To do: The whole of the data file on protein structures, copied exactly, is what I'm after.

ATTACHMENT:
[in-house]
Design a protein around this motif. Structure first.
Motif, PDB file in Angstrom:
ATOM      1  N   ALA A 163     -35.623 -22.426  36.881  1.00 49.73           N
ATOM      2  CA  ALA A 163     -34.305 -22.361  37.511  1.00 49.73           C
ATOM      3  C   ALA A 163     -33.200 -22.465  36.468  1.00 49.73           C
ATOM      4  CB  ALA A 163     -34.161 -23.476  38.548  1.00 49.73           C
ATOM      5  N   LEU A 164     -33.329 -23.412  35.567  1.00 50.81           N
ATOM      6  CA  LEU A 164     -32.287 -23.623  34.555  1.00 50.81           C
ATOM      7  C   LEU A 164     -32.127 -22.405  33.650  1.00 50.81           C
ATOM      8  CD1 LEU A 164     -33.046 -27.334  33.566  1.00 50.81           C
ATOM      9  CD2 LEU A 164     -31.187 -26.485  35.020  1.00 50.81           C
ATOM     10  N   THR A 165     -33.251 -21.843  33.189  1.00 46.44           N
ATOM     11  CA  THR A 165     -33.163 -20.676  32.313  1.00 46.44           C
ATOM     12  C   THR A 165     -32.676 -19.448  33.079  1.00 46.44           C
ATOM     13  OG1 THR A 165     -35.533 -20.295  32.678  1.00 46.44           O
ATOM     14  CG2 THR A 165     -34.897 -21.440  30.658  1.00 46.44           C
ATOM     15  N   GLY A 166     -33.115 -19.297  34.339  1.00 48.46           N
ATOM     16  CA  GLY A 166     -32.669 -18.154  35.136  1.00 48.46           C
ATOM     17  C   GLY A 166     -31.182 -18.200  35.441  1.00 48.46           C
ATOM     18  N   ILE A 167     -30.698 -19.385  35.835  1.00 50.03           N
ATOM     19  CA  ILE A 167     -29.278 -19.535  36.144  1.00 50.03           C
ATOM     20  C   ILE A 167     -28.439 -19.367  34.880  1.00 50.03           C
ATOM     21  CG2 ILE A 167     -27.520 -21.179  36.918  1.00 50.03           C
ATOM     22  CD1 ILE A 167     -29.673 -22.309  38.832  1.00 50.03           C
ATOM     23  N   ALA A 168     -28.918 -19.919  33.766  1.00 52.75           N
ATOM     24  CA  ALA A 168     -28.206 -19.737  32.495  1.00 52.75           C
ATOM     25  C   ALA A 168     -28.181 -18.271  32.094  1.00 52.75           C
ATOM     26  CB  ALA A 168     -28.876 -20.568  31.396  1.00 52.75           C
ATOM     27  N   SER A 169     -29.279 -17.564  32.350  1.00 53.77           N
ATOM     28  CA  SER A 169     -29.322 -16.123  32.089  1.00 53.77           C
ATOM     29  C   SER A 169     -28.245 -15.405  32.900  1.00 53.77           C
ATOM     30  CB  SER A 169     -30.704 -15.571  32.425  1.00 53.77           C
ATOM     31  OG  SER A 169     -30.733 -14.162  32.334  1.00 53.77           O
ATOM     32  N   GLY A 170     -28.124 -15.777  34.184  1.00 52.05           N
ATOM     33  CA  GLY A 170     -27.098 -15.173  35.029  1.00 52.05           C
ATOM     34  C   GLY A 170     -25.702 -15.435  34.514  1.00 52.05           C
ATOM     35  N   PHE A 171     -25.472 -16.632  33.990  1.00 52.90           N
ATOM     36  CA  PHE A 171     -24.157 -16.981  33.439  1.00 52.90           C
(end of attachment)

[in-house]
Design a protein around this motif. Structure first.
Motif, PDB file in Angstrom:
ATOM      1  N   ALA A 163     -35.623 -22.426  36.881  1.00 49.73           N
ATOM      2  CA  ALA A 163     -34.305 -22.361  37.511  1.00 49.73           C
ATOM      3  C   ALA A 163     -33.200 -22.465  36.468  1.00 49.73           C
ATOM      4  CB  ALA A 163     -34.161 -23.476  38.548  1.00 49.73           C
ATOM      5  N   LEU A 164     -33.329 -23.412  35.567  1.00 50.81           N
ATOM      6  CA  LEU A 164     -32.287 -23.623  34.555  1.00 50.81           C
ATOM      7  C   LEU A 164     -32.127 -22.405  33.650  1.00 50.81           C
ATOM      8  CD1 LEU A 164     -33.046 -27.334  33.566  1.00 50.81           C
ATOM      9  CD2 LEU A 164     -31.187 -26.485  35.020  1.00 50.81           C
ATOM     10  N   THR A 165     -33.251 -21.843  33.189  1.00 46.44           N
ATOM     11  CA  THR A 165     -33.163 -20.676  32.313  1.00 46.44           C
ATOM     12  C   THR A 165     -32.676 -19.448  33.079  1.00 46.44           C
ATOM     13  OG1 THR A 165     -35.533 -20.295  32.678  1.00 46.44           O
ATOM     14  CG2 THR A 165     -34.897 -21.440  30.658  1.00 46.44           C
ATOM     15  N   GLY A 166     -33.115 -19.297  34.339  1.00 48.46           N
ATOM     16  CA  GLY A 166     -32.669 -18.154  35.136  1.00 48.46           C
ATOM     17  C   GLY A 166     -31.182 -18.200  35.441  1.00 48.46           C
ATOM     18  N   ILE A 167     -30.698 -19.385  35.835  1.00 50.03           N
ATOM     19  CA  ILE A 167     -29.278 -19.535  36.144  1.00 50.03           C
ATOM     20  C   ILE A 167     -28.439 -19.367  34.880  1.00 50.03           C
ATOM     21  CG2 ILE A 167     -27.520 -21.179  36.918  1.00 50.03           C
ATOM     22  CD1 ILE A 167     -29.673 -22.309  38.832  1.00 50.03           C
ATOM     23  N   ALA A 168     -28.918 -19.919  33.766  1.00 52.75           N
ATOM     24  CA  ALA A 168     -28.206 -19.737  32.495  1.00 52.75           C
ATOM     25  C   ALA A 168     -28.181 -18.271  32.094  1.00 52.75           C
ATOM     26  CB  ALA A 168     -28.876 -20.568  31.396  1.00 52.75           C
ATOM     27  N   SER A 169     -29.279 -17.564  32.350  1.00 53.77           N
ATOM     28  CA  SER A 169     -29.322 -16.123  32.089  1.00 53.77           C
ATOM     29  C   SER A 169     -28.245 -15.405  32.900  1.00 53.77           C
ATOM     30  CB  SER A 169     -30.704 -15.571  32.425  1.00 53.77           C
ATOM     31  OG  SER A 169     -30.733 -14.162  32.334  1.00 53.77           O
ATOM     32  N   GLY A 170     -28.124 -15.777  34.184  1.00 52.05           N
ATOM     33  CA  GLY A 170     -27.098 -15.173  35.029  1.00 52.05           C
ATOM     34  C   GLY A 170     -25.702 -15.435  34.514  1.00 52.05           C
ATOM     35  N   PHE A 171     -25.472 -16.632  33.990  1.00 52.90           N
ATOM     36  CA  PHE A 171     -24.157 -16.981  33.439  1.00 52.90           C